Tuesday, 27 November 2007
Wednesday, 14 November 2007
ISKOUK held its second KOKO (KOnnecting KOmmunities) event from 14:00 - 20:00 on November 5th. 2007 entitled Ranganathan Revisited: Facets for the future . The intention was to explore the current status of faceted classification from both theoretical and practical viewpoints. The event was sponsored by Factiva from Dow Jones and the venue was provided by the School of Library, Archive and Information Studies (SLAIS) at University College London UCL). Eighty-one people attended.
S. R. Ranganathan was the Indian librarian and academic who, in the 1930s, developed the theory of faceted classification. Faceted classification is an approach to presenting and organizing knowledge based on the identification of fundamental subject categories (‘facets') that allows the combination of relevant values from one or more facets to define a compound subject with great precision.A report of the event is available for download from the ISKO UK web site. Copies of the presentations may be downloaded and MP3 recordings will also be available shortly.
Monday, 5 November 2007
Please tell us, is this something we should be paying attention to and monitoring? If so, tell us why you think it's relevant to KO. If not, tell us why not.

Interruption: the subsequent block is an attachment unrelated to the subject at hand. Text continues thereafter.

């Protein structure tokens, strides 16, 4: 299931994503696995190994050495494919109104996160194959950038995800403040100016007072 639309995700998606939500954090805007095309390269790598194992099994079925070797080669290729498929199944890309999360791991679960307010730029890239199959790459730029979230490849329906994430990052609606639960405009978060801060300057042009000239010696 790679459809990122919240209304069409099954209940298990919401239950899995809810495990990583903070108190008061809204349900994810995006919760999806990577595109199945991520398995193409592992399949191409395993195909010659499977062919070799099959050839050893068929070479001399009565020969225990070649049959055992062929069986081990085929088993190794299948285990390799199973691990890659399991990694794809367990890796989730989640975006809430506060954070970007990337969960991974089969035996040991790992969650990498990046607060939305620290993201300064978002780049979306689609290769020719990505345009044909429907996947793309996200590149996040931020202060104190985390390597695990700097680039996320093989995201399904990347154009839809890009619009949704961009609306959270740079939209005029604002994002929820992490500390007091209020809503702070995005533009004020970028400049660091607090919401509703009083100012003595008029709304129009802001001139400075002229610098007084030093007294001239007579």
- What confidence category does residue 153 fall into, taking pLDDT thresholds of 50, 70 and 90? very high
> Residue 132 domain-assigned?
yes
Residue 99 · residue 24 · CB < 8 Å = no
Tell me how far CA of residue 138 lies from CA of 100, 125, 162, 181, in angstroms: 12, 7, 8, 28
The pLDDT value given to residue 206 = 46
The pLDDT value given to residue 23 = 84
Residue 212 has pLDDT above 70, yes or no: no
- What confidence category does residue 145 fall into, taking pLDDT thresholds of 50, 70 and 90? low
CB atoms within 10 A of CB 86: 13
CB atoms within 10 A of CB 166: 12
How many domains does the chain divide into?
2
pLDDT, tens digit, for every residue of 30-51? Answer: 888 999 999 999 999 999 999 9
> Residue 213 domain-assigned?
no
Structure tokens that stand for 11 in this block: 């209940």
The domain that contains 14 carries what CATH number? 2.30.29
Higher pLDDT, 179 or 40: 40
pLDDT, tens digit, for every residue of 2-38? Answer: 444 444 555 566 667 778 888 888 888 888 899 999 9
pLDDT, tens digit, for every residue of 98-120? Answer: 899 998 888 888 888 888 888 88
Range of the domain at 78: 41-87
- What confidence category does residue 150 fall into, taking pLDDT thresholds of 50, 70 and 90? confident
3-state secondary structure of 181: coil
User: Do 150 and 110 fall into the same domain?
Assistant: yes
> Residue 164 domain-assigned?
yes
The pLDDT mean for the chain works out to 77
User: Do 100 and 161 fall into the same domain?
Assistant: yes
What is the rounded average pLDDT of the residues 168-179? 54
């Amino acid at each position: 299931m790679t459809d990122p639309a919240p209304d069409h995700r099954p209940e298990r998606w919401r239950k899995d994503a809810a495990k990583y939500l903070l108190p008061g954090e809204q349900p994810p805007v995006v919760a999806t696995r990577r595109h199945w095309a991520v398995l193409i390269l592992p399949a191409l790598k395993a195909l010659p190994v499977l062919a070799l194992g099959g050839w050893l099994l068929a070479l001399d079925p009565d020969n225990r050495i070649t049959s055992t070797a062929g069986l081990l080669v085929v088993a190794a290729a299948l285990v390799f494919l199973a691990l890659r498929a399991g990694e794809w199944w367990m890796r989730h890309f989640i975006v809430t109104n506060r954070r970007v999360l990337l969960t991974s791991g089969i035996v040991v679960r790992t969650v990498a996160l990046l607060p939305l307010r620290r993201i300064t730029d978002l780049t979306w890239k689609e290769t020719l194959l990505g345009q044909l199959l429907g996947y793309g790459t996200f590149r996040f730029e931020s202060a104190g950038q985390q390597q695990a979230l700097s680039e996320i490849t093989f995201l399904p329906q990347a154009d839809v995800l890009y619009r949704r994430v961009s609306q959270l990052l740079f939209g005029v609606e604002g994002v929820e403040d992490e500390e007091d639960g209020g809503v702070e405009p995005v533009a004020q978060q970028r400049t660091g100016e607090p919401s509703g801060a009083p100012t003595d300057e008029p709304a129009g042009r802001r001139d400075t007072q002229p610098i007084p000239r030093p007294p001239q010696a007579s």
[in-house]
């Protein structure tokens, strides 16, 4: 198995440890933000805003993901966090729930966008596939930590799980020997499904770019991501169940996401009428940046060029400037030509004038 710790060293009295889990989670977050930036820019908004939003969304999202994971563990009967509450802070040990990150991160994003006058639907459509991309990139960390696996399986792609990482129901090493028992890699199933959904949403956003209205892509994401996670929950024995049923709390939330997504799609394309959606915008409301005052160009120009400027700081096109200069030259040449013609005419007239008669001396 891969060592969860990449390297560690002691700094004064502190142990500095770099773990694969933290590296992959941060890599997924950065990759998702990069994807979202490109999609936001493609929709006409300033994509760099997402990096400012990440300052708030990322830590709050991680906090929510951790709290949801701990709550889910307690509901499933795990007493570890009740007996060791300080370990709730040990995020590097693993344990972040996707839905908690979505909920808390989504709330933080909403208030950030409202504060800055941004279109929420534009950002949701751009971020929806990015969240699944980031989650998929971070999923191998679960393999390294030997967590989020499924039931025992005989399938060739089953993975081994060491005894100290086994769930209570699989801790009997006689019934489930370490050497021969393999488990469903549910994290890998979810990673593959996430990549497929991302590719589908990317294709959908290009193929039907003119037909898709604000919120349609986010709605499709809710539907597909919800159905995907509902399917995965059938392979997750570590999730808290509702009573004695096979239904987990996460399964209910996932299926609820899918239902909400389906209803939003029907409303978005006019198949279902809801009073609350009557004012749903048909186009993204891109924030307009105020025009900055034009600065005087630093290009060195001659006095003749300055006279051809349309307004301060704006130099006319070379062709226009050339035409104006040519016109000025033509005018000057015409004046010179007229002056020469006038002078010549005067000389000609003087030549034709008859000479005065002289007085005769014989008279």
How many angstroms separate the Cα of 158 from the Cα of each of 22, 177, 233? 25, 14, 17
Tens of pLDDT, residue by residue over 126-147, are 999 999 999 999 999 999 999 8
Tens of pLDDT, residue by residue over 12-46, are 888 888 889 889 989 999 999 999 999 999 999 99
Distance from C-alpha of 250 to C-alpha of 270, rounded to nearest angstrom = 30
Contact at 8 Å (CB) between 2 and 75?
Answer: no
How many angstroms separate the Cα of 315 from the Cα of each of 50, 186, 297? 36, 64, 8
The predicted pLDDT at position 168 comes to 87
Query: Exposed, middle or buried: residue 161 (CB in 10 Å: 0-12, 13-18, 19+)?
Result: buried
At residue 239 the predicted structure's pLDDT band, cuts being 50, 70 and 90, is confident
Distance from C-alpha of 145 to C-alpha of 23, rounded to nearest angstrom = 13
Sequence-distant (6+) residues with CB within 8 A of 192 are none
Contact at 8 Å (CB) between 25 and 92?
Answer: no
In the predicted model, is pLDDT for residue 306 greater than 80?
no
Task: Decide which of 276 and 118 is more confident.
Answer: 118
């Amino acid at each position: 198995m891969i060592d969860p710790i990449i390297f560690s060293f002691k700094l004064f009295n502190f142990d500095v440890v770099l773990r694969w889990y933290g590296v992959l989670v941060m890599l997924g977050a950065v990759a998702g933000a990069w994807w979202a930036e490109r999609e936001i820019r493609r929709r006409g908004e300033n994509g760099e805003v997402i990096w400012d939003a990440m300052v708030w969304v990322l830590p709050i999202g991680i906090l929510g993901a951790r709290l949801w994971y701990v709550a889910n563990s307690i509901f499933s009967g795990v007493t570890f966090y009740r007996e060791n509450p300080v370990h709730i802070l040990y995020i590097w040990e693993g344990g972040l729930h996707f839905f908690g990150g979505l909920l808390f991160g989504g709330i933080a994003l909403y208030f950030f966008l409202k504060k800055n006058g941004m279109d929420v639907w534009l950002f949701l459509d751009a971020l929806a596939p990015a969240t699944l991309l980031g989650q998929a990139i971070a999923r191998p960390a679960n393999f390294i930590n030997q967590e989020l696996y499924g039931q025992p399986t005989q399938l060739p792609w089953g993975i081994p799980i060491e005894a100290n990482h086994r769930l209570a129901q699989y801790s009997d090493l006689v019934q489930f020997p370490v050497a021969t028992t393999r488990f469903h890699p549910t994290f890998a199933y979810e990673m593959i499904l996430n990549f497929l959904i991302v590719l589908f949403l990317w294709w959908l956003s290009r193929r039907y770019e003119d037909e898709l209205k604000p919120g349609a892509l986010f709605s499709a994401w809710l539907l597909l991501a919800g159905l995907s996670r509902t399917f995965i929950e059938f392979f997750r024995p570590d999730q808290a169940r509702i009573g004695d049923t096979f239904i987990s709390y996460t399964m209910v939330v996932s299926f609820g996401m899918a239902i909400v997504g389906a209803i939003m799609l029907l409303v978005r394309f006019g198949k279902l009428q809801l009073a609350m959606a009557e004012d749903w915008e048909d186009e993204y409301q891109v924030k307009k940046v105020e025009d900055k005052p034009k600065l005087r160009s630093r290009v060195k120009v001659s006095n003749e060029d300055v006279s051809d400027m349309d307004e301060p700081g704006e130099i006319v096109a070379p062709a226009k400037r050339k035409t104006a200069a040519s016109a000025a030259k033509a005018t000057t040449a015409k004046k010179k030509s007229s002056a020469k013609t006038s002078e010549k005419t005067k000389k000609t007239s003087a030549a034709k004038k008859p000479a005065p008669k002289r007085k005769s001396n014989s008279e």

Friday, 2 November 2007
The plaintiff complains that there is no obvious element in DC which can indicate that a resource is a translation of another resource. Subsequent discussion occurs around possible usage of the isVersionOf / hasVersion refinements of element Relation. During that discussion, it is suggested that 'it may be helpful to look at FRBR'.
The plaintiff responds:
I can scarcely believe that it took the Scholarly Works Application Profile, in 2006, to define a "hasTranslation" property - and even now there's no isTranslationOf to reciprocate. In all these years has no-one needed a hasTranslation property, if hasVersion isn't appropriate?Hmmm. Does DCMES really not cater for something so basic as translations?
What's your take on this?